2017-11-22 11:29
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I have a map where every value is a pointer to another struct that itself has a lock.

type StatMap map[string]*Stats

type Stats struct {
    someStats, someMoreStats float64

I have implemented a method where I pack the StatMap into another struct and have a Mutex lock for the entire map, but I am expecting to modify every entry in the map simoultaniously from hundreds of goroutines, so it would be more effective to lock every element in the map so that two or more goroutines can read and modify values for entries in parallell.

What I am wondering is how I can initialize a new entry in the map whenever there comes a new key? I cannot lock the entry if it isn't in the map already, and I cannot check if it is in the map (as far as I know) in case another goroutine is currently modifying that entry.

I do not know what keys will be in the map before runtime.

My current implementation (that causes data races):

// . . . 

func initializeStatMap(key string) {
    if statMap[key] != nil {
    statMap[key] = &Stats{someStats: 0, someMoreStats: 0}
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1条回答 默认 最新

  • douhuan1937 2017-11-22 12:55

    The Go's map semantics are as follows:

    • A map stores values (not variables) and that's why these values are not adressable, and that's why you can't do something like

      type T struct {
          X int
      m := make(map[int]T)
      m[0] = T{}
      m[0].x = 42 // won't compile
    • This requirement mostly comes from from the fact a map, being an intricate dynamic data structure, should allow its particular implementations to physically move the values it contains around in memory — when doing rebalancing etc.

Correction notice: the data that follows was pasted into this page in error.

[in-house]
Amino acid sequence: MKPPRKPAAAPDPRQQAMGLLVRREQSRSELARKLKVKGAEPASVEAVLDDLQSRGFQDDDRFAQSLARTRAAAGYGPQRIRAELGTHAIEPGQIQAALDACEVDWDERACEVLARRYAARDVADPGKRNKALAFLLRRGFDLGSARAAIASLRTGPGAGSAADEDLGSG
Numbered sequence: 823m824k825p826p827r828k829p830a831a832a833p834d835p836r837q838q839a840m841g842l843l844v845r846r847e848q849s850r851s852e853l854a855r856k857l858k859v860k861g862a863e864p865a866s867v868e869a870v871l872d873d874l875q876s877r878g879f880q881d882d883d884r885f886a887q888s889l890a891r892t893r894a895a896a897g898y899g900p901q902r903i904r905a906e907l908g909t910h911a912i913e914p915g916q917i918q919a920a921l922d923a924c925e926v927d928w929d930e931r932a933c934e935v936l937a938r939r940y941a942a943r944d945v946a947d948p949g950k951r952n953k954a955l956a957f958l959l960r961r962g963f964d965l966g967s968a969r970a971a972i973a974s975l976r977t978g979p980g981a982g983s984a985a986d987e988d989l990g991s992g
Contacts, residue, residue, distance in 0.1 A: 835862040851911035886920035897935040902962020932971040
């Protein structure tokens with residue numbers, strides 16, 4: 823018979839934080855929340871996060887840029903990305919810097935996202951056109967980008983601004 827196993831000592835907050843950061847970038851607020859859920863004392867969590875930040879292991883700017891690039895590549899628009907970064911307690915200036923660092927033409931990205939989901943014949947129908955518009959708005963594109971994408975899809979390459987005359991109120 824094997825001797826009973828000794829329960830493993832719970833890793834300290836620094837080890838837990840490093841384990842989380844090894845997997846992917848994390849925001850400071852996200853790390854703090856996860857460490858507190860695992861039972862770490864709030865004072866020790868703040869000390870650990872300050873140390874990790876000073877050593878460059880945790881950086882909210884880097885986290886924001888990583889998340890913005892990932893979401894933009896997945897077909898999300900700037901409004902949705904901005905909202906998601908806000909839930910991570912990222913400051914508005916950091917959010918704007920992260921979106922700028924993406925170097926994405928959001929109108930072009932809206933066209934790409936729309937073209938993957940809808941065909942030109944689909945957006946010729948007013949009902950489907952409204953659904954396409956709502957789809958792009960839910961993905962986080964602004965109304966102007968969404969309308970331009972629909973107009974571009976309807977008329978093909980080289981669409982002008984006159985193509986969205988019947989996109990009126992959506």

That's why the only three operations a map supports is adding (or replacing) of its elements, getting them back and deleting them.

    A map is not safe for concurrent use, so in order to do any of those three operations on the same map concurrently, you need to protect it in one way or another.

    Consequently, once you have read a value from a map, orchestrating concurrent access to it is a completely another story, and here we're facing another fact about the map's semantics: since it keeps values and is free to copy them around in memory, it's not allowed to keep in a map anything which you want to have reference semantics. For instance, it would be incorrect to keep values of your Stats type in the map directly—because they embed instances of sync.Mutex, and copying of them prohibited after they are first used. Here you're already doing the right thing by storing pointers to your variables.

    Now you can see that it's pretty OK to roll like this:

    1. Access the map itself to get a value bound to a key in a concurrent-safe way (say, by holding a lock).
    2. Lock the mutex on that variable and operate on it. That does not involve the map at all.

    The only remaining possible problem is as follows. Suppose you're protecting the access to your map with a lock. So you grab the lock, obtain the value bound to a key, by copying it to a variable, release the lock and work with the copy of the value.

    Now while you're working with the copy of that value another goroutine is free to update the map by deleting the value or replacing it.

    While in your case it's fine technically — because your map operates on pointers to variables, and it's fine to copy pointers — this might be inappropriate from the standpoint of the semantics of your program, and this is something you have to think through. To make it more clear, once you've got a pointer to some instance of Stats and locked it, a pointer to this instance can be removed from the map, or the map entry which held it could be updated by another pointer — pointing to another instance of Stats, so once you're done with the instance, it might have become unreachable via the map.

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